SIMED Pulmonology & Other Treatments for Your Health:

Don't think for a second that you can't enjoy healthier living and a more active lifestyle. Maintain your physical health with internal, sleep, critical care, and pulmonary medicine from our board-certified physicians in Gainesville, Florida. SIMED Pulmonology three board-certified doctors specialize in pulmonary diseases, critical care medicine, sleep medicine, and internal medicine to help you experience life to the fullest. You can find us on NW Eighth Avenue, directly across the street from Cofrin Natural Park.
Is the Pneumonia vaccine right for you?
May 14, 2015
"People age 65 and older should get two separate vaccines to protect against pneumonia and other infections, a change of decades-old advice, according to new health guidelines.

An advisory panel to the U.S. Centers for Disease Control and Prevention recently recommended that people get a second vaccine, called Prevnar 13, because of limitations with the older shot, called Pneumovax 23." (WSJ, Sept 1, 2014)

We ask SIMED Pulmonology physician Jorge Camacho, MD to touch base on the new indications for pneumonia vaccine (Prevnar 13) and what that might mean to you or your loved ones.
Jorge Camacho, MD | SIMED Pulmonology | SIMED Health
Pneumococcal infections including pneumonia and meningitis are common and up until recently the only vaccine recommended for adults was the PPSV23.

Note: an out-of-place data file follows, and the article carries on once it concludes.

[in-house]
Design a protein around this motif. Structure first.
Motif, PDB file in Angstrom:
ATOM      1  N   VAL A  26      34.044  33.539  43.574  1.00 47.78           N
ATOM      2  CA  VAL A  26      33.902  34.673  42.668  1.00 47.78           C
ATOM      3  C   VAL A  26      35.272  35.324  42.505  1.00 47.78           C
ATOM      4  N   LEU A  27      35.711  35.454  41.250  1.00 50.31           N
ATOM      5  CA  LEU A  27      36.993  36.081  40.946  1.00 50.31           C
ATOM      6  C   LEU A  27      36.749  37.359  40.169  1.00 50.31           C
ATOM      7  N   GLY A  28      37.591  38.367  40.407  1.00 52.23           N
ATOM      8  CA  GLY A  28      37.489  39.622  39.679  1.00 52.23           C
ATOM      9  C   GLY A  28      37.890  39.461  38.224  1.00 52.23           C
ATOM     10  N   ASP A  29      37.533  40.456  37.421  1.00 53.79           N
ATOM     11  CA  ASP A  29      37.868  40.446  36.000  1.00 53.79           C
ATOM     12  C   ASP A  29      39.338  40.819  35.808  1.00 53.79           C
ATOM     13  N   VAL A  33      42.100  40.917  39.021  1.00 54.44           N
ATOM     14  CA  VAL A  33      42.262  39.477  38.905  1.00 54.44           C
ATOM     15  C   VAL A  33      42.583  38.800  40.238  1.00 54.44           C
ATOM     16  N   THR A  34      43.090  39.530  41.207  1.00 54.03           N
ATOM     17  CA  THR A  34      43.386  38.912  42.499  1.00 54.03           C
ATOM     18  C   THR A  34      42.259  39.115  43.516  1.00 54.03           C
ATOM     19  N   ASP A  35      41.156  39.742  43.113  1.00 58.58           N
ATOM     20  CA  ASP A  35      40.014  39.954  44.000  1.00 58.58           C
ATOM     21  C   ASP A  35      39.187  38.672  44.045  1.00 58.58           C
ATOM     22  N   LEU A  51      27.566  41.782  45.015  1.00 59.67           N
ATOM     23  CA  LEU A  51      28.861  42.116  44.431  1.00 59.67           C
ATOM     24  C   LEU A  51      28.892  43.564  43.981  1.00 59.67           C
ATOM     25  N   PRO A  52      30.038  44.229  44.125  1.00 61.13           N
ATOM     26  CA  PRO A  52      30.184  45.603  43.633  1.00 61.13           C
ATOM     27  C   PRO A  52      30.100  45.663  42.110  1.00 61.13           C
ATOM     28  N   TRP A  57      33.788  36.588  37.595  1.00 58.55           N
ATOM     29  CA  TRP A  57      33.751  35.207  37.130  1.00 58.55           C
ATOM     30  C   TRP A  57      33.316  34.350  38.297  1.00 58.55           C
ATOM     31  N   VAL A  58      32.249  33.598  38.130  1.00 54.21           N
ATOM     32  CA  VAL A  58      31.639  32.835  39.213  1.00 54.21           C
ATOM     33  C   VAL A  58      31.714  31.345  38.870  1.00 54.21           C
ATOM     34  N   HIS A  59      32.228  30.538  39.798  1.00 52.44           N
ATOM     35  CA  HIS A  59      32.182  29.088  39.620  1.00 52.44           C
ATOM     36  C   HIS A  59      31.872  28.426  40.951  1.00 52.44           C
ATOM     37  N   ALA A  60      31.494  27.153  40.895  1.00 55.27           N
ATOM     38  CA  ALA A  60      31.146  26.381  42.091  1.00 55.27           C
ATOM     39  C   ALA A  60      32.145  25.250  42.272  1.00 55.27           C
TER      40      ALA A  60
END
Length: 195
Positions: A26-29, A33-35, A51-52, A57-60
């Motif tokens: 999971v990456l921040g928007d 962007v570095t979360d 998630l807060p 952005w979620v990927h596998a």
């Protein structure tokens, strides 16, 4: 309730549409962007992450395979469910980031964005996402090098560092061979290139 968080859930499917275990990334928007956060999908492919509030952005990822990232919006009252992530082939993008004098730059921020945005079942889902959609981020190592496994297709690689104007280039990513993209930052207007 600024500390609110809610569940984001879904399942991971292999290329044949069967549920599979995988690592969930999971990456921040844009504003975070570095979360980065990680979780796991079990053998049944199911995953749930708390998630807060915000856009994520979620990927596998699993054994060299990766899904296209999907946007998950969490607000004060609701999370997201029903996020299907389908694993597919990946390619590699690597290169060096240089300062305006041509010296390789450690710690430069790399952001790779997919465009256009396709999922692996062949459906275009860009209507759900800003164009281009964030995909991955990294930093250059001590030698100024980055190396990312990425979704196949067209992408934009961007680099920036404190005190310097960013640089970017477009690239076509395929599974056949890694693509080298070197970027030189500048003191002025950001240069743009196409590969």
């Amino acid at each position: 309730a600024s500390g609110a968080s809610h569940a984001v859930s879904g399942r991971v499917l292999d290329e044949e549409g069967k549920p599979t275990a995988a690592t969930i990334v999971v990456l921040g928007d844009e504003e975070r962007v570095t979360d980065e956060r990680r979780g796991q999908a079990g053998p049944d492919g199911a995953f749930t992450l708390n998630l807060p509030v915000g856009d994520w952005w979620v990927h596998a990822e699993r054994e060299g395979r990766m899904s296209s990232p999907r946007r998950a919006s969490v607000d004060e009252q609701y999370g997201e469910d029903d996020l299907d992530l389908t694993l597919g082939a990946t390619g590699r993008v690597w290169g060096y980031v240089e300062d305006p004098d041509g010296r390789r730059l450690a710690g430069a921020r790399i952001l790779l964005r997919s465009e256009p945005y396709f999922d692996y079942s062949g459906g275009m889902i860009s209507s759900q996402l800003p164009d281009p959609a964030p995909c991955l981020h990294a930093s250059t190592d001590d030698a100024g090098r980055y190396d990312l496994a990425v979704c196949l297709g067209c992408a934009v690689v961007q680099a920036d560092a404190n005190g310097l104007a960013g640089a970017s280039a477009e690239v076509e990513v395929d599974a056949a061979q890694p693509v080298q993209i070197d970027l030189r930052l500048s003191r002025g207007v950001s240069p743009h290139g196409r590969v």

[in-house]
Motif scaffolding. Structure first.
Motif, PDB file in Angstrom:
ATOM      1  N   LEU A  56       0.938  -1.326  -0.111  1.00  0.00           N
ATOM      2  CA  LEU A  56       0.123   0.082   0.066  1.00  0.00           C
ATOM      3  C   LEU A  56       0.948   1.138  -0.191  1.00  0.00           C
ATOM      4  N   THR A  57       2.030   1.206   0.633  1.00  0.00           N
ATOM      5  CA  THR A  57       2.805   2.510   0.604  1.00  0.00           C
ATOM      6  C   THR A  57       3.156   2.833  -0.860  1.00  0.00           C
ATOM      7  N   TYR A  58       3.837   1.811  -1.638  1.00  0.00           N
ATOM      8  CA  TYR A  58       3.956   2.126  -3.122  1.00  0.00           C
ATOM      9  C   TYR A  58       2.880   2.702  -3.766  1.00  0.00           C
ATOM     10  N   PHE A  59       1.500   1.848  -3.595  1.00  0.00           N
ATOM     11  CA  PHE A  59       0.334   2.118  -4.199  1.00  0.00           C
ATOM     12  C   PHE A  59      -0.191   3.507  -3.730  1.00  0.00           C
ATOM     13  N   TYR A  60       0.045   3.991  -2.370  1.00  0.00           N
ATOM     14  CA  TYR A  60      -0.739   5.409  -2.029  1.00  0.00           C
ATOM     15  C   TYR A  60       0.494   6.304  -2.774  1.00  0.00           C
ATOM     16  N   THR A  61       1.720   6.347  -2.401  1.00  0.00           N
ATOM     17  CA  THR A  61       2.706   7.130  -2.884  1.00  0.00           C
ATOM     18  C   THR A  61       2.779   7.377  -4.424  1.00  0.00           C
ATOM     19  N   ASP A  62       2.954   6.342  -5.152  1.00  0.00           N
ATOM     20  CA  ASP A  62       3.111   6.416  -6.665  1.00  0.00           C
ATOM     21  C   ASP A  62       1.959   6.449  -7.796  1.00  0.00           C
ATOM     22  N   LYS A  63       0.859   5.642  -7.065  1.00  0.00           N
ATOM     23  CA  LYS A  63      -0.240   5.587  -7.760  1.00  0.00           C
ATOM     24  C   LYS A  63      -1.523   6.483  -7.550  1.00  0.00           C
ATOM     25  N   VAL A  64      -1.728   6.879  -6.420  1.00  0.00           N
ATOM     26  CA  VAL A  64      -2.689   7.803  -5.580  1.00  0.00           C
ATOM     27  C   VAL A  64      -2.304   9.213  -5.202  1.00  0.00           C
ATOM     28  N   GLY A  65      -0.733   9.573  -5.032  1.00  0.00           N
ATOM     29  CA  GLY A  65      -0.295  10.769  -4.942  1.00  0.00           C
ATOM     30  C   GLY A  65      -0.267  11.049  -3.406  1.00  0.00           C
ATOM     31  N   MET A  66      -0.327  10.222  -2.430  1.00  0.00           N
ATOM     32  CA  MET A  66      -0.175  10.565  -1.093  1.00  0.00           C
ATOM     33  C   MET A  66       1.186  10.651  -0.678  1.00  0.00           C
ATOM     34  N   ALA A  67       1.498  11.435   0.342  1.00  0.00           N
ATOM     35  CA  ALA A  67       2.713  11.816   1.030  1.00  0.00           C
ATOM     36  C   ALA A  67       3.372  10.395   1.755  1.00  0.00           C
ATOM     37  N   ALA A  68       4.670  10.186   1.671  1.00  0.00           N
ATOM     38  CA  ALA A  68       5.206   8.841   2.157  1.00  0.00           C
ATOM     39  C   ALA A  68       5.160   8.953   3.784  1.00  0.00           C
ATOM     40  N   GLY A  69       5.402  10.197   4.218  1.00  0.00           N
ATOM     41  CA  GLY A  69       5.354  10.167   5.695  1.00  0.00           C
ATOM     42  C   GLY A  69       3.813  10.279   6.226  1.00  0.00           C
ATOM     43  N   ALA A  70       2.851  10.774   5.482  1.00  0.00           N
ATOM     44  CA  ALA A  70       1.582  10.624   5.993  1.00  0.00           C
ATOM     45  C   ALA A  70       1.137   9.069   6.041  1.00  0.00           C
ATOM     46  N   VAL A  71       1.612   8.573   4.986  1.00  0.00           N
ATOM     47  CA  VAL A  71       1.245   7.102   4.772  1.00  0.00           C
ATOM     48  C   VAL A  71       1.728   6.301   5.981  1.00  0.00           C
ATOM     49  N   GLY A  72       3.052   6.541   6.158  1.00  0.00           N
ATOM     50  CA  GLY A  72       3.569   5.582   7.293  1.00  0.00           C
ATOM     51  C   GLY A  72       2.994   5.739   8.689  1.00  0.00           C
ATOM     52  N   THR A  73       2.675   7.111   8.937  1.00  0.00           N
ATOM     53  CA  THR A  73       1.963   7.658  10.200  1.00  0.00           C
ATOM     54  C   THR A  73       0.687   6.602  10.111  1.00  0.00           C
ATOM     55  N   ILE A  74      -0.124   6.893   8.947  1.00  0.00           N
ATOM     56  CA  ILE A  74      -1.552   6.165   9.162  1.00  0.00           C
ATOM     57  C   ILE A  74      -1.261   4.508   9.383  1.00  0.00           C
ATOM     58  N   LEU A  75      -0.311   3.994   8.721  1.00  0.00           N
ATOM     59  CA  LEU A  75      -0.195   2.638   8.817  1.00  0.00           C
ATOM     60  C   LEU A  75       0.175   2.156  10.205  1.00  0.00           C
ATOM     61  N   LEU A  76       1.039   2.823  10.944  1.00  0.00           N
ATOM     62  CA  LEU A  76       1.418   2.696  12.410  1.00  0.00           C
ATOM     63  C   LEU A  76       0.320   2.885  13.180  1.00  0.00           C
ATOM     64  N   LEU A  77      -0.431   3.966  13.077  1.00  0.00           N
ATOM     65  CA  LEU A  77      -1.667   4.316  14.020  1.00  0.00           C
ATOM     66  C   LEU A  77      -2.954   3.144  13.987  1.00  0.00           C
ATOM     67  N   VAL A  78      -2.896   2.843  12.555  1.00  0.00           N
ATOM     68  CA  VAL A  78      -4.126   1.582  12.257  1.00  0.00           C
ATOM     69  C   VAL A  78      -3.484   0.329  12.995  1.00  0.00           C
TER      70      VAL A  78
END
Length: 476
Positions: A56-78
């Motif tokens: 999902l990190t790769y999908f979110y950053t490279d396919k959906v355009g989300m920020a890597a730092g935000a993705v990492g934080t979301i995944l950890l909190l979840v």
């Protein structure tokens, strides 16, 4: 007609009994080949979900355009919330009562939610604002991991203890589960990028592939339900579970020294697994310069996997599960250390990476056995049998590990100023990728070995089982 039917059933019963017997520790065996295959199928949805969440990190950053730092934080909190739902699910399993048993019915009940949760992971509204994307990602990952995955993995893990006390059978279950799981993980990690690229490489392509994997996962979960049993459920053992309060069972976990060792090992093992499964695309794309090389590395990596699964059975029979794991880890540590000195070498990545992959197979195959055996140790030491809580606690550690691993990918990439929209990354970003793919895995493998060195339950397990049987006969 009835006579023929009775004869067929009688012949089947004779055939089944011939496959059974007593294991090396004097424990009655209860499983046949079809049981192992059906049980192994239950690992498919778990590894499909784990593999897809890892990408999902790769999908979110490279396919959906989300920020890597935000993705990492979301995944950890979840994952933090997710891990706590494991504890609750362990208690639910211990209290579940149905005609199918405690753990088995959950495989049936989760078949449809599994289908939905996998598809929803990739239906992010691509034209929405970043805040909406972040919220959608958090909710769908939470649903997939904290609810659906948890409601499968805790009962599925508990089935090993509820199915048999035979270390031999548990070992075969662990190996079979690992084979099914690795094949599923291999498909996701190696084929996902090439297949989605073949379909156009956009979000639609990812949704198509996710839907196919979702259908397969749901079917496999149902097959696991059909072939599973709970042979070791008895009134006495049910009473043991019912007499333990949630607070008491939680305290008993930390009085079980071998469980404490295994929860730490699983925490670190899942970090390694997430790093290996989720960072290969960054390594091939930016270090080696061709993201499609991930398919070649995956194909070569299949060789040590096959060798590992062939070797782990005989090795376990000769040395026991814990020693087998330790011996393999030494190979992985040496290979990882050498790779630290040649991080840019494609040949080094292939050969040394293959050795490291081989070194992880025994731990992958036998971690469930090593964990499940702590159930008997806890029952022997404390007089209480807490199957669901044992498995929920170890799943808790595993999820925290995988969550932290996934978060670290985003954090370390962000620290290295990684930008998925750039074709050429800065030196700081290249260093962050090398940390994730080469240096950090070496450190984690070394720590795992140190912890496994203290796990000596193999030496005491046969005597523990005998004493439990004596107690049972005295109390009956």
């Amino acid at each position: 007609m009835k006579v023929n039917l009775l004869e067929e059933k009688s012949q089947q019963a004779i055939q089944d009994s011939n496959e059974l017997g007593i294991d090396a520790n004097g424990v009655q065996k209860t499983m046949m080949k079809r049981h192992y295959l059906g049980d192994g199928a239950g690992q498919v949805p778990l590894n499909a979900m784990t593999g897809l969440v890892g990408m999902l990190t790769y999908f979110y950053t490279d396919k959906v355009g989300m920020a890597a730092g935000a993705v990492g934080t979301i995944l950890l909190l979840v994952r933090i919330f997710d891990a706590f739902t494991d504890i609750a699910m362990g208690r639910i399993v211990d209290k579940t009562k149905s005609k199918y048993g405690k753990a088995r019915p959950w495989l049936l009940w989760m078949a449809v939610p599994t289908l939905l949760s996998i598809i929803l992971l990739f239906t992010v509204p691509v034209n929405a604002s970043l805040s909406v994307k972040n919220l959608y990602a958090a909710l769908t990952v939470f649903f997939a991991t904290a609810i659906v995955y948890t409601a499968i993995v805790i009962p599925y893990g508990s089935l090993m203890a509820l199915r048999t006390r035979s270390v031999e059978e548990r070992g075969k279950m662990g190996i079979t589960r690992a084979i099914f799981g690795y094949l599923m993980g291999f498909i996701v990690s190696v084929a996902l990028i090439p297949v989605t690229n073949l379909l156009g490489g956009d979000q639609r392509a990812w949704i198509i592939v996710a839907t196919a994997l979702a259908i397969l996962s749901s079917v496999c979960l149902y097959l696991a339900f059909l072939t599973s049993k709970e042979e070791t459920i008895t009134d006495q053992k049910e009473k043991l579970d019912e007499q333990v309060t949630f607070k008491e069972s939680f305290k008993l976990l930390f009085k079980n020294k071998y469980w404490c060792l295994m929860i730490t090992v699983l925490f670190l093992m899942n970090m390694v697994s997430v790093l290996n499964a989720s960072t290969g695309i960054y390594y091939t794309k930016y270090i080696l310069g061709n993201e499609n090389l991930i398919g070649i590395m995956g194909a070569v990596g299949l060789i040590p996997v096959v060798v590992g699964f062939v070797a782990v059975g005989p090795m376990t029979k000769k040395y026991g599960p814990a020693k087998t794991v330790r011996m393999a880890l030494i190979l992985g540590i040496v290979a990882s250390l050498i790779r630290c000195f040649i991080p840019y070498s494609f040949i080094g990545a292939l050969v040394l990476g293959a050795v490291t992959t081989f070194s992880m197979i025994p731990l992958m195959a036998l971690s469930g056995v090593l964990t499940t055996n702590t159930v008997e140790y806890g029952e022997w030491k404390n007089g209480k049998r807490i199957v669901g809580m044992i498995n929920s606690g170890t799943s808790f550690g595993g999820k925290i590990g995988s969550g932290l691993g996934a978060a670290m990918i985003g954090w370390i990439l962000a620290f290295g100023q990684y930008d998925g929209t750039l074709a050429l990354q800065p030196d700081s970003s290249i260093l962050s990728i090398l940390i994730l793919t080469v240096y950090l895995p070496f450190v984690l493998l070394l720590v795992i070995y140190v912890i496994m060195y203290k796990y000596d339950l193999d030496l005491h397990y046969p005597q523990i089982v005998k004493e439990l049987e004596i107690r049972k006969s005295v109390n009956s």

Starting in 2014 the United States Advisory Committee on Immunization practices recommended a new pneumococcal vaccine known as PCV13 with the commercial name of Prevnar 13.

This type of vaccine has been shown to be very effective in preventing invasive pneumococcal infections in children causing a dramatic decrease in that type of infections. Randomized trials were done in adults finding the vaccine to be highly effective as well, because of that the recommendations changed.

The current recommendation is to vaccinate every adult above the age of 65 with the 2 available vaccines. The Prevnar 13 vaccine should be given first followed by the PPSV23 6 to 12 months later.  In those who have already received PPSV23, at least one year should elapse before they are given Prevnar 13.

There is no revaccination necessary with Prevnar13.
  • For adults 19 to 64 years of age at intermediate risk of pneumococcal disease (i.e., cigarette smokers; patients with chronic heart disease, chronic lung disease, diabetes mellitus, alcoholism, or chronic liver disease)  the recommendation is to receive PPSV23 alone. Prevnar 13 is not indicated.
  • For adults aged 19 or older who are at high risk of pneumococcal disease (i.e., patients with functional or anatomic asplenia, an immunocompromising condition [e.g., HIV infection, cancer], a cerebrospinal fluid leak, a cochlear implant, advanced kidney disease),  Prevnar 13 followed at least eight weeks later by PPSV23 is the recommendation.
  • In patients who have already received PPSV23, at least one year should elapse before they are given Prevnar 13.